Here's the Scoop: July 1, 2009

Stars are falling
The world lost a bunch of famous folks over the last week or so. Farrah Fawcett, Michael Jackson, Ed McMahon and Billy Mays. Wow.
These people all had varying degrees of fame, but were well-known for different reasons.
When I was in college, anyone who didn’t have THE Farrah Fawcett poster in their room was viewed as somehow lacking in the wonders of higher education. This shapely swimsuit shot provided the type of inspiration that wasn’t found in any college textbook.
Michael Jackson, well, what can I say? When I was young, I found his songs intruding into my life anywhere a radio was playing. As I got older and Michael grew progressively weirder, I found myself trying to avoid looking at any photo of him.
The bottom line is this fellow creeped me out long before his perverted ways became public. I guess his talent was undeniable, but his music was not the type I like. So, I couldn’t stand looking at him and didn’t much like listening to him. Does that make me a “bad” person?
Ed McMahon was not someone who I really thought much about either. Sure, he was a goofy late-night sidekick and I read where he hosted Star Search, but I never watched that show. The good news is that he seems to have died using the same nose with which he was born. Michael Jackson could have learned from him.

Loud and clear
And then there’s Billy Mays. A few weeks ago, I wrote in this space about how annoying I find it that everyone on TV and on the radio (and the world in general), feels it’s necessary to scream and shout to get a message across. I must admit, Billy Mays was in my thoughts when I wrote that column.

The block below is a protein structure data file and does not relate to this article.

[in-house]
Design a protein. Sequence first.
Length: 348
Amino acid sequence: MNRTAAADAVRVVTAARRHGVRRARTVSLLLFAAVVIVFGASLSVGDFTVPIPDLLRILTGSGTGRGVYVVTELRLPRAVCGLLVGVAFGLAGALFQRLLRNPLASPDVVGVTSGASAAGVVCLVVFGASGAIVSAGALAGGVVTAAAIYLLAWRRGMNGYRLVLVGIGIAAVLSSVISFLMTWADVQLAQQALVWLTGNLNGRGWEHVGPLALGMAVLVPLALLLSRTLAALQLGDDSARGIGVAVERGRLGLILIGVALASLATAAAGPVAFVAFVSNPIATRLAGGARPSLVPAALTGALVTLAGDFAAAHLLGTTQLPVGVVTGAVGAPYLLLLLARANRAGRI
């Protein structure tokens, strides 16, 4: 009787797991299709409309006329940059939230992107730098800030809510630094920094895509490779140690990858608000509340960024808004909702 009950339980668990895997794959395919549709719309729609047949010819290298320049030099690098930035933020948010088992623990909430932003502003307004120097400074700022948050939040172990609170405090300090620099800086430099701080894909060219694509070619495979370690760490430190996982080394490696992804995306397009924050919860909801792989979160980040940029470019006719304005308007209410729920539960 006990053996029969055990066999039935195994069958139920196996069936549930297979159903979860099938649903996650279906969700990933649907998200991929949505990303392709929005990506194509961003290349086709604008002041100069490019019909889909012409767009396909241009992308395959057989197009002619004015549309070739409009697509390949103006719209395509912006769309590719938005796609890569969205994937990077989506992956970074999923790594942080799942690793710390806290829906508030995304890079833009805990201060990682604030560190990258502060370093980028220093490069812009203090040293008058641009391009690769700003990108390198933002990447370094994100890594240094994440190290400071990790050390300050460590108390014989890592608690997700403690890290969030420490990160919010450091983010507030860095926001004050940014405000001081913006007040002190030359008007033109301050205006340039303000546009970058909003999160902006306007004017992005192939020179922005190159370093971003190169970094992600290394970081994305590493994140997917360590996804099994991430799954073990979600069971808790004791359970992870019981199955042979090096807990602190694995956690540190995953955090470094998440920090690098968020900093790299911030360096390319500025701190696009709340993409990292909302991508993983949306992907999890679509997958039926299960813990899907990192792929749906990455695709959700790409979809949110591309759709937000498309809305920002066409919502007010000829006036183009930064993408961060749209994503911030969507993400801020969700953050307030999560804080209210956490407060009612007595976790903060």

However, this is not meant as one of those pieces where everyone turns out to be a great person once they’re dead. In my book, plenty of dead people were jerks. Good riddance.
I will admit, though, I felt saddened when I opened the computer and the news of Billy Mays’ death shouted out at me. For all his loudness, I always felt that Billy was sincere about all the products he was yelling for us to buy.
I don’t know that I ever purchased any of these items, but I always felt like if I did buy some OxiClean or Orange Glo and it didn’t work well, that I could have written to Billy and he would personally send me a refund.
Of course, I could be completely wrong about Billy’s faith in the products he pushed, but I liked to think that he would stand behind them.
Unfortunately for Billy and Farrah (sorry, Ed, I don’t think your fame status was quite that high), their deaths fell during a brief period where the King of Pop died, or their fame could have endured a bit more.
For instance, I recall a few years ago when actor John Ritter died. He had the lucky timing of dying when apparently no other celebrity had as much as a cold. Again, Ritter seemed like a nice guy. In death, his fame took on gargantuan proportions.
In fact, I recall reading his obituary just to see if I had missed some of his achievements. Nope. A bunch of sort of mid-level acting roles. No disappearning nose. No changing of skin color. Always wore two matched gloves — and only in the winter. Timing, as they say, is everything. Especially when you die.